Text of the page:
This Old House

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This Old House
Photo by: Adam Robison. Dining area.

This Old House
Photo by: Adam Robison. Entry into study/computer room.

This Old House
Photo by: Adam Robison. Kitchen.

This Old House
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This Old House
Photo by: Adam Robison. Kitchen Table.

This Old House
Photo by: Adam Robison. Suzanne Russell in her Kitchen.

This Old House
Photo by: Adam Robison. Master Bedroom.

This Old House
Photo by: Adam Robison.

Photo by: Adam Robison.

This Old House
Photo by: Adam Robison.

Walking into Suzanne Russell’s home on North Madison Street in Tupelo, you may be forgiven for imagining yourself at a photo shoot for Better Homes & Gardens. Russell, who has lived at her new address only since September, turned this roughly 70-year-old house into a sparkling jewel in just a few months. The cottage looks organic and natural, not stuffy – or heaven forbid – new.

“When I walked in, I loved it. I wanted it so badly,” Russell recalled her first impression. “I felt right at home.”

Hard to believe, if you knew the history of the 2-bedroom, 1,545-square-foot house: It sat dormant for nearly two years in foreclosure and had not been remodeled since the 1970s. It reeked like any long closed-up property – a deeply penetrating musty smell and came with its old curtains.

“It was bad, really horrible,” the 58-year-old remembered the smell. But she was not deterred.

Russell bought the house for just $61,200 and spent another $38,000 on remodeling and new furniture. A recent unofficial estimate by her bank puts the value of the home now at around $138,000.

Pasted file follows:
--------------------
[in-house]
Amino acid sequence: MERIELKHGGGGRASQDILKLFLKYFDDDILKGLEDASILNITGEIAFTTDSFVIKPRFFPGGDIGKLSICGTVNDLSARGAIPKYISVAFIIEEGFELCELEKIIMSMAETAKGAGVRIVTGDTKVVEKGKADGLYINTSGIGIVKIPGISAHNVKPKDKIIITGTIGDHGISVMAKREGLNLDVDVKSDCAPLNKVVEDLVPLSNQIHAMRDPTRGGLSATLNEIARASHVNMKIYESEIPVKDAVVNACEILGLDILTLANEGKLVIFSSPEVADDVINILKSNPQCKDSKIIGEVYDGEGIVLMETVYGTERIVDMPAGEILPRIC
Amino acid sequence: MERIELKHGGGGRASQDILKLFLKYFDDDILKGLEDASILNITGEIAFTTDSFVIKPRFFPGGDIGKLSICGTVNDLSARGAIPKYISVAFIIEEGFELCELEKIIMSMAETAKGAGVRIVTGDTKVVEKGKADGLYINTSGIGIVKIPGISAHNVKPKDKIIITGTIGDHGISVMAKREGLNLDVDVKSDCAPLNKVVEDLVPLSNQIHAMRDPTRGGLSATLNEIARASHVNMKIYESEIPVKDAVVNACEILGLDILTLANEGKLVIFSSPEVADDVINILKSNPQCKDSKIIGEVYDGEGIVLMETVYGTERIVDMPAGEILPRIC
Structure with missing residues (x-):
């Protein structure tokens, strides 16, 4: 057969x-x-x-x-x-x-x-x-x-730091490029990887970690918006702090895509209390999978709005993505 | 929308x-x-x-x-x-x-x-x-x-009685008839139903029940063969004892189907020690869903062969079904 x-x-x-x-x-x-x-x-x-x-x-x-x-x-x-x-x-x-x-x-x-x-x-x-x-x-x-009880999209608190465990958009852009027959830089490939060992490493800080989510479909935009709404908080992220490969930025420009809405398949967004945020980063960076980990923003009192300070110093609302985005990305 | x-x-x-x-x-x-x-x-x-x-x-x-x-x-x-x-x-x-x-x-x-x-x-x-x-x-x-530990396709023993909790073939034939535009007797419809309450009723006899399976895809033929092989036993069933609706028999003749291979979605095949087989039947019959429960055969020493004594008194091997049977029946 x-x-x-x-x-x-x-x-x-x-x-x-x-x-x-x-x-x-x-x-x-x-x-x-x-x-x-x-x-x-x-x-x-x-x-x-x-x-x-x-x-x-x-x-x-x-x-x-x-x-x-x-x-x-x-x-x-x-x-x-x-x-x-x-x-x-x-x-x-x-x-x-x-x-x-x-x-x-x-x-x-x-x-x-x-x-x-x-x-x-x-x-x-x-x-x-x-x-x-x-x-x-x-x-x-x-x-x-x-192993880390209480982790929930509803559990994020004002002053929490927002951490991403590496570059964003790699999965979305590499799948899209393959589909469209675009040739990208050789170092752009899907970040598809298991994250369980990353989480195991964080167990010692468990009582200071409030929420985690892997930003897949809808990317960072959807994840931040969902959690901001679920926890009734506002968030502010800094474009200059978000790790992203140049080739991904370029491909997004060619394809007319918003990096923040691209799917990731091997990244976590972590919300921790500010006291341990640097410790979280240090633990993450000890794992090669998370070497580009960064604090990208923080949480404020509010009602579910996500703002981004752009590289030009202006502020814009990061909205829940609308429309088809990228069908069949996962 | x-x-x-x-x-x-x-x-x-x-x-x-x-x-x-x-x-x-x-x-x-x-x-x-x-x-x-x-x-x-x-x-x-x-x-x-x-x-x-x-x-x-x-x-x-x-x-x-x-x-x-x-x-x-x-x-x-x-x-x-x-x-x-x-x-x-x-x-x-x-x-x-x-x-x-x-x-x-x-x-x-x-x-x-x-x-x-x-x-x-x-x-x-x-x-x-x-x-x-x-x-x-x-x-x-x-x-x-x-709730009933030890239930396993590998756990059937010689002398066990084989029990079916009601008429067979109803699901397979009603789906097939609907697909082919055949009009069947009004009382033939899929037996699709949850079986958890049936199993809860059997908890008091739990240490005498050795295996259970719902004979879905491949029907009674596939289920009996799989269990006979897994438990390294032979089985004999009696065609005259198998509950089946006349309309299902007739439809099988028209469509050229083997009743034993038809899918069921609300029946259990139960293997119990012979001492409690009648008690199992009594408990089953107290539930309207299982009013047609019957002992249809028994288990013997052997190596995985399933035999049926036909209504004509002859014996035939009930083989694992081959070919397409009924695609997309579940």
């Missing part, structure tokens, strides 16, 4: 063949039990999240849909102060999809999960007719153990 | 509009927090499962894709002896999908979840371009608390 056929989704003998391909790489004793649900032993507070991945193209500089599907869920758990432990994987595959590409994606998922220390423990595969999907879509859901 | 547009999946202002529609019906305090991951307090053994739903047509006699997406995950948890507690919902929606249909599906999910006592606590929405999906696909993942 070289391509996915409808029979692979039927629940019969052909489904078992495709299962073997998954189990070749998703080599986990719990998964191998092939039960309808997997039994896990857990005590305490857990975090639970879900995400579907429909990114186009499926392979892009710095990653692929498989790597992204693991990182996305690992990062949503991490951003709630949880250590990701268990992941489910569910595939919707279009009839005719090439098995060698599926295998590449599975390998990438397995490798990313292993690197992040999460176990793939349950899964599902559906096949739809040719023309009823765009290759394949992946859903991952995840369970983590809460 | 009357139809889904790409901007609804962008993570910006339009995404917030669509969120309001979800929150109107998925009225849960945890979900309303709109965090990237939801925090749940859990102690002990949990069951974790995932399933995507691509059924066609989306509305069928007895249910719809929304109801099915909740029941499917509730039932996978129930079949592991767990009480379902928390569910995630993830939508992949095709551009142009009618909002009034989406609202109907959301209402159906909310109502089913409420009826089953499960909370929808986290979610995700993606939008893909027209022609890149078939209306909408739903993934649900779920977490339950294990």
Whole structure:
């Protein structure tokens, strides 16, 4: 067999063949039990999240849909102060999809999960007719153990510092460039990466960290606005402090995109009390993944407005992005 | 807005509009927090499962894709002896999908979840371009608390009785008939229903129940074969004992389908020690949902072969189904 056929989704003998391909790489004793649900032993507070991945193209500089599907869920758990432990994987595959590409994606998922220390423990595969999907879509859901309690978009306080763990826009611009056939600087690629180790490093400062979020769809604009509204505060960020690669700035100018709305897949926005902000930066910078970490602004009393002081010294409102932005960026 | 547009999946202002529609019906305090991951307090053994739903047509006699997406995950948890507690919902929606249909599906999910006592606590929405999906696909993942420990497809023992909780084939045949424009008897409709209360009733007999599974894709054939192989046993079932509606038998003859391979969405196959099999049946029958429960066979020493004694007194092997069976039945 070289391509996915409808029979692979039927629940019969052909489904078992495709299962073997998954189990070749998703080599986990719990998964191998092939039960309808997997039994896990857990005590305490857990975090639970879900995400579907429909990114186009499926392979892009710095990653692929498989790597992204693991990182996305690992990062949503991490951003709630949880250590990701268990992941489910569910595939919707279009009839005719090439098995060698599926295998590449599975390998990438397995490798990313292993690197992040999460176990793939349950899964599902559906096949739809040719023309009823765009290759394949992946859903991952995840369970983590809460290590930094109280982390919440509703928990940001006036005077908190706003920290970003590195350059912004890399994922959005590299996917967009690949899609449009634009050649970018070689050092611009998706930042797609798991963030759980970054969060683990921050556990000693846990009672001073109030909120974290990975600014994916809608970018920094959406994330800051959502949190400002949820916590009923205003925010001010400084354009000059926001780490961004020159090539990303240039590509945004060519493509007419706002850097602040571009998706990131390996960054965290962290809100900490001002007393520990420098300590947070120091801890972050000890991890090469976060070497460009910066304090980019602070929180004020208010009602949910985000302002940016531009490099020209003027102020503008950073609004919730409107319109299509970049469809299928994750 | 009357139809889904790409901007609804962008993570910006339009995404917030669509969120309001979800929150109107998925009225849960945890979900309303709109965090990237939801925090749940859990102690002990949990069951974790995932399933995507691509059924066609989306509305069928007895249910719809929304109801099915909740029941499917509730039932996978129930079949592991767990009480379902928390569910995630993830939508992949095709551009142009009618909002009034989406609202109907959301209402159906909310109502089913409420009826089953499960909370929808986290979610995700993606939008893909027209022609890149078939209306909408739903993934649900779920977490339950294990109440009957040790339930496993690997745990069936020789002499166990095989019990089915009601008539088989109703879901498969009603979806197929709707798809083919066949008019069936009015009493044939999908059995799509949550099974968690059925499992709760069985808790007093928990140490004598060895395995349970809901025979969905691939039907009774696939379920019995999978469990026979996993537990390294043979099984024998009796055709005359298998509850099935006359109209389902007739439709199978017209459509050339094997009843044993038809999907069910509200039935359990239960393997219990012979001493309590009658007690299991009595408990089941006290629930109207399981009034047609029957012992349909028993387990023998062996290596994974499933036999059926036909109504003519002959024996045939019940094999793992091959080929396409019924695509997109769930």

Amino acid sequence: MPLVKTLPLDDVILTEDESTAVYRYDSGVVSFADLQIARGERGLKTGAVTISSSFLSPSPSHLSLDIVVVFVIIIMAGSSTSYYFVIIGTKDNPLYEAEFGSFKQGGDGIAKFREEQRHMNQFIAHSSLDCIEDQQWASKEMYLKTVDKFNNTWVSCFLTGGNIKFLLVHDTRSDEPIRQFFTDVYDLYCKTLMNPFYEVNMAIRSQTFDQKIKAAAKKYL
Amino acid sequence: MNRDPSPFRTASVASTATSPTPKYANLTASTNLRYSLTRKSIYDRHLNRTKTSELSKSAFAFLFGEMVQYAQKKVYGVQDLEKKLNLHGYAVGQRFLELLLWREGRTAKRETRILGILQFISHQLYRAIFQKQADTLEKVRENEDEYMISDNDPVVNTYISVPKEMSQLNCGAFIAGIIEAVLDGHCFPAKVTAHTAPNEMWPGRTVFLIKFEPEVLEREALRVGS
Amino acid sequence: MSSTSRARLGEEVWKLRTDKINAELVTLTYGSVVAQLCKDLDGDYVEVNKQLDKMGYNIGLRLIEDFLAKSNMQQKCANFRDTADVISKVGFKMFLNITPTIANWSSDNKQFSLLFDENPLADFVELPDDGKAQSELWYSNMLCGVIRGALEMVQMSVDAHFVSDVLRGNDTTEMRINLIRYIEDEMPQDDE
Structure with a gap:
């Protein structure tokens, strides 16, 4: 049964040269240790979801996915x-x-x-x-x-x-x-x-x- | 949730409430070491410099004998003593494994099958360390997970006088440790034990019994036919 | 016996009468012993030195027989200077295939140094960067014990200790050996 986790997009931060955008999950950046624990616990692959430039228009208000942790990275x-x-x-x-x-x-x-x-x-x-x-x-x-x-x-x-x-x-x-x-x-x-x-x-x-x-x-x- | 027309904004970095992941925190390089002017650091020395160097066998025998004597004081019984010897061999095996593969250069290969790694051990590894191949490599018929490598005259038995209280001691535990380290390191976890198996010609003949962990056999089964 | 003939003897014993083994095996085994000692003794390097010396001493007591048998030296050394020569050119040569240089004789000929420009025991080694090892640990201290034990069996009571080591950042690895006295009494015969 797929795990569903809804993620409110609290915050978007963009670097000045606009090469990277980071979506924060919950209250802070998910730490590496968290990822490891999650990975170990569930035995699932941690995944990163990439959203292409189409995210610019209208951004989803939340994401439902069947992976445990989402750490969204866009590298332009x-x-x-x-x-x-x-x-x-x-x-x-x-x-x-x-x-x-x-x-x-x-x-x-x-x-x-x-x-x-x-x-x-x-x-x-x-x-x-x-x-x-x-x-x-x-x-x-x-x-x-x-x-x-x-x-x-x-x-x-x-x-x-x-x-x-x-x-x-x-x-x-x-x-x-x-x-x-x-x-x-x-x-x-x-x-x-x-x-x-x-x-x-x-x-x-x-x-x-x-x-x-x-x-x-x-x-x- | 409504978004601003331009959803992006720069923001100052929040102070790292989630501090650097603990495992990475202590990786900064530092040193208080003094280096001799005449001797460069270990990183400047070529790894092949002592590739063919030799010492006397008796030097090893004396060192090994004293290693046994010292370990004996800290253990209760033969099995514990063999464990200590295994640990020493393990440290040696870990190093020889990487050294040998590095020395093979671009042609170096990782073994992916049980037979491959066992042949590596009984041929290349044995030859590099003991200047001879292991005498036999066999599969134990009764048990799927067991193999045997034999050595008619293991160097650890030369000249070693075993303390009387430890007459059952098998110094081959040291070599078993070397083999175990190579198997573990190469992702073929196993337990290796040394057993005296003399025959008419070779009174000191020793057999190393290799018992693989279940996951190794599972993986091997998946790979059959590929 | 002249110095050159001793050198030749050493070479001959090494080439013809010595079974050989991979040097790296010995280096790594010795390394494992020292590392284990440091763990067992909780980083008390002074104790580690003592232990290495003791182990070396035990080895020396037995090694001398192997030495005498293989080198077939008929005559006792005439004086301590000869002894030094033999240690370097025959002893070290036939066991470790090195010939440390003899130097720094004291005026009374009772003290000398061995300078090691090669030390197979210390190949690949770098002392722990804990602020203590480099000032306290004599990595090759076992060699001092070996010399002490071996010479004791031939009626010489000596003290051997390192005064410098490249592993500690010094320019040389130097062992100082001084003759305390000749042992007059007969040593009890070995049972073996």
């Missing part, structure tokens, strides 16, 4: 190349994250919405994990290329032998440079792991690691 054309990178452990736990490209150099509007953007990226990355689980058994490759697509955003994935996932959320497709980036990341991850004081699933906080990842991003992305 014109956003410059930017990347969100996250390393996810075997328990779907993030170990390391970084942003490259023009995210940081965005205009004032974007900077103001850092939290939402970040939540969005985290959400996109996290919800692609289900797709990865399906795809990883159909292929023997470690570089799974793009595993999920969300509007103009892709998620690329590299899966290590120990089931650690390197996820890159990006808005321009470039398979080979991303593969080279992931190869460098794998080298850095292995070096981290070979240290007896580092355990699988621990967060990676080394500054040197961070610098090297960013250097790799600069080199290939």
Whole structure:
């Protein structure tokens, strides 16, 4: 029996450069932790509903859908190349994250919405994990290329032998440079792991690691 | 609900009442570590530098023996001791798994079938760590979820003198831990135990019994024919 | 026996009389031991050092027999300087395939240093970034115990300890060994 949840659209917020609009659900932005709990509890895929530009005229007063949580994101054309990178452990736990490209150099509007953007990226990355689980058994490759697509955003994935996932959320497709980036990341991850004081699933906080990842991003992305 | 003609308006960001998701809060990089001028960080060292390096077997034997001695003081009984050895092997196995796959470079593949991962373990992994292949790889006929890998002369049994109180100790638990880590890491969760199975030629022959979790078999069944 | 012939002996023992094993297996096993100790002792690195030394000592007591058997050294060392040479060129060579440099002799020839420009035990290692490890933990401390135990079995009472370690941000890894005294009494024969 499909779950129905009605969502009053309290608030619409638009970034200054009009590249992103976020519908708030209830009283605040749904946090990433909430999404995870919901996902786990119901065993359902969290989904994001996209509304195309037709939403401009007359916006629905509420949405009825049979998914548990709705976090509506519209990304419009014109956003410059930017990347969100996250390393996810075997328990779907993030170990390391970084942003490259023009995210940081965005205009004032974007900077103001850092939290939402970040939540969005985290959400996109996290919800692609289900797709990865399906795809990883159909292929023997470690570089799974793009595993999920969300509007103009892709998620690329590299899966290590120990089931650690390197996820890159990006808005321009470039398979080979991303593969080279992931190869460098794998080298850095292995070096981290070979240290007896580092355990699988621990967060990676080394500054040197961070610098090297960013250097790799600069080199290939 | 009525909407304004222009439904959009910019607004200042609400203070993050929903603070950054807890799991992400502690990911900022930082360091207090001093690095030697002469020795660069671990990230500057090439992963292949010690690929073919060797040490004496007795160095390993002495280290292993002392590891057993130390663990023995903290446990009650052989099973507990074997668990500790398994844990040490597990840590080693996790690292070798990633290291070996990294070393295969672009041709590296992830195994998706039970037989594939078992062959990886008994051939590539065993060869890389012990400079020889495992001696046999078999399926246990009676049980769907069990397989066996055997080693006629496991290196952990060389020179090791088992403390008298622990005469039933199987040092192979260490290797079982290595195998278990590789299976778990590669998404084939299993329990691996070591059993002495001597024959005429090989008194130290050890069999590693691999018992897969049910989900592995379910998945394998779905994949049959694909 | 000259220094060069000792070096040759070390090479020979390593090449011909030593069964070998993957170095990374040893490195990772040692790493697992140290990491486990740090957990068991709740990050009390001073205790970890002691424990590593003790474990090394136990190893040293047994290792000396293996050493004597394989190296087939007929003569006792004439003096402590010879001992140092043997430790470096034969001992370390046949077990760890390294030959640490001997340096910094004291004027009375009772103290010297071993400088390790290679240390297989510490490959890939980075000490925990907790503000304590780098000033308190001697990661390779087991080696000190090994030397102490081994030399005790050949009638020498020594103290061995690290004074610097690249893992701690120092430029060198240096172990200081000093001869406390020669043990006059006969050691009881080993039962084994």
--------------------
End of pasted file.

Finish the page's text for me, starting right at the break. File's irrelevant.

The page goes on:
Not that Russell would be tempted to sell. She carefully remodeled the home. Then she had out the entire bathroom torn out, large parts of the kitchen and replaced the entire siding. The dark hardwood floors were refinished, but she made sure she kept the character of the cottage by leaving all the original wooden doors and window casings.

Color was important to Russell, who chose a palette of understated muted greens and grays, offset by white trim, in keeping with the vintage cottage look.

‘”I like the calmness of the colors,” Russell said. “I’m not into matchy-matchy stuff. I like to put things together that usually don’t go together, like some primitive furniture pieces with something more elegant.”

But for all these accomplishments, Russell never set out to become a contractor. Rather, remodeling became a way for her to survive, to cope with her own loss.

In 2009, her then 45-year-old husband Randy, super fit – she says – someone who ran two to three miles daily – suddenly developed bad headaches. Diagnosed in June with a CSF leak, which means that the fluid that surrounds the brain and spinal cord escapes, Randy died barely two months later in August.

“All of a sudden what do you do with yourself?” the then 54-year old asked herself in despair.